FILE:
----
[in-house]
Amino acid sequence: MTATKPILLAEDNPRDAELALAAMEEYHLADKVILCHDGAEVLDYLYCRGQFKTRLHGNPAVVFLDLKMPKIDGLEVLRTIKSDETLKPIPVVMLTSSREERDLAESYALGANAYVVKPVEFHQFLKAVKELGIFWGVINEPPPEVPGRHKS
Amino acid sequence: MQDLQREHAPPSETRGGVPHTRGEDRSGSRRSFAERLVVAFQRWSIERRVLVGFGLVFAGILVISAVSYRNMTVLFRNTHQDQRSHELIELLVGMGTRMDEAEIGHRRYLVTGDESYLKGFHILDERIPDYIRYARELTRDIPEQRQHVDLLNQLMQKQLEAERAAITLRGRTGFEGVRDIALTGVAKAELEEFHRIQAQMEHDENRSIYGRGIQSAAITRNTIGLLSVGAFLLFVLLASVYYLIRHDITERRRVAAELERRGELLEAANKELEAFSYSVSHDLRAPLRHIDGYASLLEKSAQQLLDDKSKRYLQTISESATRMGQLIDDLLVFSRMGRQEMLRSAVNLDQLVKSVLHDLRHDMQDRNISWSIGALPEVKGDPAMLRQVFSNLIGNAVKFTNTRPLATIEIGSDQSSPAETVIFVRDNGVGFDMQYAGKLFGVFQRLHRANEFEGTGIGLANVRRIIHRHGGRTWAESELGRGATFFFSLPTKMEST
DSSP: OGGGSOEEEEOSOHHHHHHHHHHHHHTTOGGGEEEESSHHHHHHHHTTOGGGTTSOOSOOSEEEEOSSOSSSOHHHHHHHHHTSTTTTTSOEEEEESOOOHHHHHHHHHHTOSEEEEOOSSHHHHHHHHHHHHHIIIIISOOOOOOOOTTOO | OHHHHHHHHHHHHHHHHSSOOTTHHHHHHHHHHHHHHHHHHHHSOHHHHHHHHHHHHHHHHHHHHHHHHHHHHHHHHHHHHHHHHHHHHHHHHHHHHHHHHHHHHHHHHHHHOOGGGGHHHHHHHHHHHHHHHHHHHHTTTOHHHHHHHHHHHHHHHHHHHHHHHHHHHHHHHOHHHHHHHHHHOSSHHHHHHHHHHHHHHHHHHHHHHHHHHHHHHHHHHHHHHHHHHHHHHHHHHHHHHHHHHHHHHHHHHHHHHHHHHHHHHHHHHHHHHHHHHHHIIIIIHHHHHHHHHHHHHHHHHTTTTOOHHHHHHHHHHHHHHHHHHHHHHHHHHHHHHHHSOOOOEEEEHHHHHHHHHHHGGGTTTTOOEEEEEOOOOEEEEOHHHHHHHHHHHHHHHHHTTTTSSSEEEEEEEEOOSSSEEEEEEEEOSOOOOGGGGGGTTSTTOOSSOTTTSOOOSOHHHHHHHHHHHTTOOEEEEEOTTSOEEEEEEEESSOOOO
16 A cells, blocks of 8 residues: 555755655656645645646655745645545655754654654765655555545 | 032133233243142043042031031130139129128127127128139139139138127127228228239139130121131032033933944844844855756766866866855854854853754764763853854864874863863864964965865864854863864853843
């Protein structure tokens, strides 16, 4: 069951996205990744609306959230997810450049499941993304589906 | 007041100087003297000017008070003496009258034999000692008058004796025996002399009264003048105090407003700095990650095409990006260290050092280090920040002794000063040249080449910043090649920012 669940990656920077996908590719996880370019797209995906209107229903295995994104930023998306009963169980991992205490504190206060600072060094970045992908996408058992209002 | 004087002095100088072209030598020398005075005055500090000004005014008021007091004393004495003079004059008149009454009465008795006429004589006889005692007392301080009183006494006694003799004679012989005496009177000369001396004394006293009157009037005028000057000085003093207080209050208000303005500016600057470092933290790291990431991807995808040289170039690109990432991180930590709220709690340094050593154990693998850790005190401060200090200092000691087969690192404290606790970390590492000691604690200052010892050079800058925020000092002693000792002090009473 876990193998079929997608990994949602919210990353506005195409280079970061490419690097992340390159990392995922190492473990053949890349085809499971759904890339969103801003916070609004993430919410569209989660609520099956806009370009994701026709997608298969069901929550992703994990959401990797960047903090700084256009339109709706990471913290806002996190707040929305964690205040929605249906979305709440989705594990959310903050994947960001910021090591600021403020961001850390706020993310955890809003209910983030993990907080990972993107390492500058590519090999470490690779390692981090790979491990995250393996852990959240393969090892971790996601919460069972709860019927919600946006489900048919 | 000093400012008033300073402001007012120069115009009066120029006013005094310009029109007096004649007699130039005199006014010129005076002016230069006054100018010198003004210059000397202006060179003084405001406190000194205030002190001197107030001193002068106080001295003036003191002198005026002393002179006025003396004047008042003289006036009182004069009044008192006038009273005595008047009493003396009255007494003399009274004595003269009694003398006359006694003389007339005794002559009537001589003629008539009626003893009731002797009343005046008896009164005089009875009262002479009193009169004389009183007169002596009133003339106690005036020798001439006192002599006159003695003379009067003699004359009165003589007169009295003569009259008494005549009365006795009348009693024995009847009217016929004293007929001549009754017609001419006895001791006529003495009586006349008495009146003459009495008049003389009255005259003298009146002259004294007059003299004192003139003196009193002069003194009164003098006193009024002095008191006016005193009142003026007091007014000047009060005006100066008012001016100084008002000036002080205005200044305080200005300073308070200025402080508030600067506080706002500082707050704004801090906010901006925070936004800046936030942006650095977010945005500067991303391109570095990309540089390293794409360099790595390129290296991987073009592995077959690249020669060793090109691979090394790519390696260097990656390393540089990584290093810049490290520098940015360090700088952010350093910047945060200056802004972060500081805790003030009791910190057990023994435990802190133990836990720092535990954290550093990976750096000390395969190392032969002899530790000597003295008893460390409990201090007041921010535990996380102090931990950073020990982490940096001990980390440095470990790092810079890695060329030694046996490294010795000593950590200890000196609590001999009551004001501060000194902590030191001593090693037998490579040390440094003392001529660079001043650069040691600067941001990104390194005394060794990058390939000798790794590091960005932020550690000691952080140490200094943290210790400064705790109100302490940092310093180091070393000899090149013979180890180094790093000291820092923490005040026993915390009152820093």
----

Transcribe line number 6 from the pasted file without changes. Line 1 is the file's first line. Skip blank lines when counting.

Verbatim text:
């Protein structure tokens, strides 16, 4: 069951996205990744609306959230997810450049499941993304589906 | 007041100087003297000017008070003496009258034999000692008058004796025996002399009264003048105090407003700095990650095409990006260290050092280090920040002794000063040249080449910043090649920012 669940990656920077996908590719996880370019797209995906209107229903295995994104930023998306009963169980991992205490504190206060600072060094970045992908996408058992209002 | 004087002095100088072209030598020398005075005055500090000004005014008021007091004393004495003079004059008149009454009465008795006429004589006889005692007392301080009183006494006694003799004679012989005496009177000369001396004394006293009157009037005028000057000085003093207080209050208000303005500016600057470092933290790291990431991807995808040289170039690109990432991180930590709220709690340094050593154990693998850790005190401060200090200092000691087969690192404290606790970390590492000691604690200052010892050079800058925020000092002693000792002090009473 876990193998079929997608990994949602919210990353506005195409280079970061490419690097992340390159990392995922190492473990053949890349085809499971759904890339969103801003916070609004993430919410569209989660609520099956806009370009994701026709997608298969069901929550992703994990959401990797960047903090700084256009339109709706990471913290806002996190707040929305964690205040929605249906979305709440989705594990959310903050994947960001910021090591600021403020961001850390706020993310955890809003209910983030993990907080990972993107390492500058590519090999470490690779390692981090790979491990995250393996852990959240393969090892971790996601919460069972709860019927919600946006489900048919 | 000093400012008033300073402001007012120069115009009066120029006013005094310009029109007096004649007699130039005199006014010129005076002016230069006054100018010198003004210059000397202006060179003084405001406190000194205030002190001197107030001193002068106080001295003036003191002198005026002393002179006025003396004047008042003289006036009182004069009044008192006038009273005595008047009493003396009255007494003399009274004595003269009694003398006359006694003389007339005794002559009537001589003629008539009626003893009731002797009343005046008896009164005089009875009262002479009193009169004389009183007169002596009133003339106690005036020798001439006192002599006159003695003379009067003699004359009165003589007169009295003569009259008494005549009365006795009348009693024995009847009217016929004293007929001549009754017609001419006895001791006529003495009586006349008495009146003459009495008049003389009255005259003298009146002259004294007059003299004192003139003196009193002069003194009164003098006193009024002095008191006016005193009142003026007091007014000047009060005006100066008012001016100084008002000036002080205005200044305080200005300073308070200025402080508030600067506080706002500082707050704004801090906010901006925070936004800046936030942006650095977010945005500067991303391109570095990309540089390293794409360099790595390129290296991987073009592995077959690249020669060793090109691979090394790519390696260097990656390393540089990584290093810049490290520098940015360090700088952010350093910047945060200056802004972060500081805790003030009791910190057990023994435990802190133990836990720092535990954290550093990976750096000390395969190392032969002899530790000597003295008893460390409990201090007041921010535990996380102090931990950073020990982490940096001990980390440095470990790092810079890695060329030694046996490294010795000593950590200890000196609590001999009551004001501060000194902590030191001593090693037998490579040390440094003392001529660079001043650069040691600067941001990104390194005394060794990058390939000798790794590091960005932020550690000691952080140490200094943290210790400064705790109100302490940092310093180091070393000899090149013979180890180094790093000291820092923490005040026993915390009152820093």